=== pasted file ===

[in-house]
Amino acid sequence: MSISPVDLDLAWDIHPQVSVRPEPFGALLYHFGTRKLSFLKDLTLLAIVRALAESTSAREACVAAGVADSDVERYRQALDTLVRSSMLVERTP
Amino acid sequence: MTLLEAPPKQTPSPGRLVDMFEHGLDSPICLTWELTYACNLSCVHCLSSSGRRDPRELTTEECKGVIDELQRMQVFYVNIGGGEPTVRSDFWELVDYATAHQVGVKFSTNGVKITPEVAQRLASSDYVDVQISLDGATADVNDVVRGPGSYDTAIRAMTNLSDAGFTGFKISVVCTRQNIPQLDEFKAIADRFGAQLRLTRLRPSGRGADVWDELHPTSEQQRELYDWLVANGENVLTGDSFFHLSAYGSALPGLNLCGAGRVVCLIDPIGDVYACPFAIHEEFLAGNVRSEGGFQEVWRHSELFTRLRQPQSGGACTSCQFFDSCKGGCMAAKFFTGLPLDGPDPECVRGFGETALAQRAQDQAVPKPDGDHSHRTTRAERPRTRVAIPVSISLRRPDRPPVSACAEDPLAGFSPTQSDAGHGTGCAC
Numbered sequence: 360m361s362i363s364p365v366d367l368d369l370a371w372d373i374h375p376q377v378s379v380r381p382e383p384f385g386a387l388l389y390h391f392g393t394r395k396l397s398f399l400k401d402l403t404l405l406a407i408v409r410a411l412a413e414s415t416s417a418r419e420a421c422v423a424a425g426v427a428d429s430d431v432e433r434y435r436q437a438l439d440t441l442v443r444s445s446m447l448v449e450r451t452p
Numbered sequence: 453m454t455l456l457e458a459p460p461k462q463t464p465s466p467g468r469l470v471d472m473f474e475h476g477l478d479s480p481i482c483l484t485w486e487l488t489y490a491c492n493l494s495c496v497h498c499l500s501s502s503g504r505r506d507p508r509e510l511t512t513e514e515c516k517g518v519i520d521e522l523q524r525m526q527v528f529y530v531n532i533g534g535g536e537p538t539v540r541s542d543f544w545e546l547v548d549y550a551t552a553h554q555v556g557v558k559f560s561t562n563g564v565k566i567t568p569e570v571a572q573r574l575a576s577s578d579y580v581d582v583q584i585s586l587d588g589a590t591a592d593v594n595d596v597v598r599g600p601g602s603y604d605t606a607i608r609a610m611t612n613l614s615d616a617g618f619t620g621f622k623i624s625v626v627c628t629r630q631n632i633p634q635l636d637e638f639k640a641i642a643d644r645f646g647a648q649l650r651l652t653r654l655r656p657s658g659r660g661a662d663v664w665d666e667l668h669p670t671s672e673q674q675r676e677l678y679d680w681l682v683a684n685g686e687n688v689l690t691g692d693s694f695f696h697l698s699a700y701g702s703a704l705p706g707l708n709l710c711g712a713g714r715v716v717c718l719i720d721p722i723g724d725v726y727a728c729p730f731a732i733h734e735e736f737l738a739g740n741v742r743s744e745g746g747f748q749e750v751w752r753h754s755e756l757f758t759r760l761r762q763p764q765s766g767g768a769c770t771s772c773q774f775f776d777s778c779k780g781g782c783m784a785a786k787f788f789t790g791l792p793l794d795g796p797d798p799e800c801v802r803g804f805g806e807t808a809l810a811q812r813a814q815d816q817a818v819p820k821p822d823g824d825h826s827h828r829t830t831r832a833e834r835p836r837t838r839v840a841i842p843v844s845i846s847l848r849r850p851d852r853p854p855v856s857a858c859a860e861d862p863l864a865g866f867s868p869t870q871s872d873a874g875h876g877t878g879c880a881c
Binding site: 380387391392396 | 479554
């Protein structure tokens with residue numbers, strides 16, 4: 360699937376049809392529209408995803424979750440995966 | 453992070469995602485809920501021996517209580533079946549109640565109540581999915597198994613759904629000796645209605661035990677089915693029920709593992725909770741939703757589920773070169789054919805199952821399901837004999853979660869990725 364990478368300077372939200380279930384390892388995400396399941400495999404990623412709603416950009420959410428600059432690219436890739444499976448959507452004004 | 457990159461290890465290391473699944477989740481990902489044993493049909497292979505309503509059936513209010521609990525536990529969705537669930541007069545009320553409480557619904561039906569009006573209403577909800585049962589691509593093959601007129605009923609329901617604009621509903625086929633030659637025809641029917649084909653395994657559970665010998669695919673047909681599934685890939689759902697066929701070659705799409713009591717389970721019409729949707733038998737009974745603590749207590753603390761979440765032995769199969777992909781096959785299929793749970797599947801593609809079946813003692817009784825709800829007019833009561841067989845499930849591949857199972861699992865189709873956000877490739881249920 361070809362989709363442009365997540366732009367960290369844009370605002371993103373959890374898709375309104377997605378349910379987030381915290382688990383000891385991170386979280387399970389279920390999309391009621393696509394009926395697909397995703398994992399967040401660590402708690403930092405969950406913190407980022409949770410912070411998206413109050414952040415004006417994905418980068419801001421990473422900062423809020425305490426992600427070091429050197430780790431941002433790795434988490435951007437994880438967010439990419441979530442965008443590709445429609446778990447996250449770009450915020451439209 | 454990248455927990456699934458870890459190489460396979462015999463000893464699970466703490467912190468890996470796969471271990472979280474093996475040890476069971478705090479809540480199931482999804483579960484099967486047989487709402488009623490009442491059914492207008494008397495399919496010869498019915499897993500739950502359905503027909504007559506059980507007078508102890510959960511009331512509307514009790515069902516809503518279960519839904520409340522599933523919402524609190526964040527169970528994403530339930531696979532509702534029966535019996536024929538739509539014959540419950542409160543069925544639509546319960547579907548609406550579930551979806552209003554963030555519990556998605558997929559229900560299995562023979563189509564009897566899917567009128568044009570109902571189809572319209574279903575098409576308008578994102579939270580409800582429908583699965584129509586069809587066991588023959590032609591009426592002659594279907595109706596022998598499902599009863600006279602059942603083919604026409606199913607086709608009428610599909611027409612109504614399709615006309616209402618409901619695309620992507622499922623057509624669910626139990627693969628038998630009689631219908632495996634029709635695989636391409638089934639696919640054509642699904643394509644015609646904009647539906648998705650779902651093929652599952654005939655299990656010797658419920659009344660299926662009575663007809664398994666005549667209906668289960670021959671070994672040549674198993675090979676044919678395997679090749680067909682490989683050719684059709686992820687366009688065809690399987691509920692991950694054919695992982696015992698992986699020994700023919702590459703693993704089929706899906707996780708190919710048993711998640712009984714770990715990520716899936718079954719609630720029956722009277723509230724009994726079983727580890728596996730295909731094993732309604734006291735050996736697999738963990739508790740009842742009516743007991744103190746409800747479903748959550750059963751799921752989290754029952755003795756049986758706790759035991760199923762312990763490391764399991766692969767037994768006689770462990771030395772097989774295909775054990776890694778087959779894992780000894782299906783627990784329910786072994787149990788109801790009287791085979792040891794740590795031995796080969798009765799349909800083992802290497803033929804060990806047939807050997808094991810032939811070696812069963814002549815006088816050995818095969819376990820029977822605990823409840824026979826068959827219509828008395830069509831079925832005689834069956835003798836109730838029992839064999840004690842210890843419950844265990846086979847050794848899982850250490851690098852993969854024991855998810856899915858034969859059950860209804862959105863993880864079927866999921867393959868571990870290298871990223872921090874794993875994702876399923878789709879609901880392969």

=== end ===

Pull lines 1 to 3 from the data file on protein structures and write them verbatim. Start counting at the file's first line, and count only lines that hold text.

[in-house]
Amino acid sequence: MSISPVDLDLAWDIHPQVSVRPEPFGALLYHFGTRKLSFLKDLTLLAIVRALAESTSAREACVAAGVADSDVERYRQALDTLVRSSMLVERTP
Amino acid sequence: MTLLEAPPKQTPSPGRLVDMFEHGLDSPICLTWELTYACNLSCVHCLSSSGRRDPRELTTEECKGVIDELQRMQVFYVNIGGGEPTVRSDFWELVDYATAHQVGVKFSTNGVKITPEVAQRLASSDYVDVQISLDGATADVNDVVRGPGSYDTAIRAMTNLSDAGFTGFKISVVCTRQNIPQLDEFKAIADRFGAQLRLTRLRPSGRGADVWDELHPTSEQQRELYDWLVANGENVLTGDSFFHLSAYGSALPGLNLCGAGRVVCLIDPIGDVYACPFAIHEEFLAGNVRSEGGFQEVWRHSELFTRLRQPQSGGACTSCQFFDSCKGGCMAAKFFTGLPLDGPDPECVRGFGETALAQRAQDQAVPKPDGDHSHRTTRAERPRTRVAIPVSISLRRPDRPPVSACAEDPLAGFSPTQSDAGHGTGCAC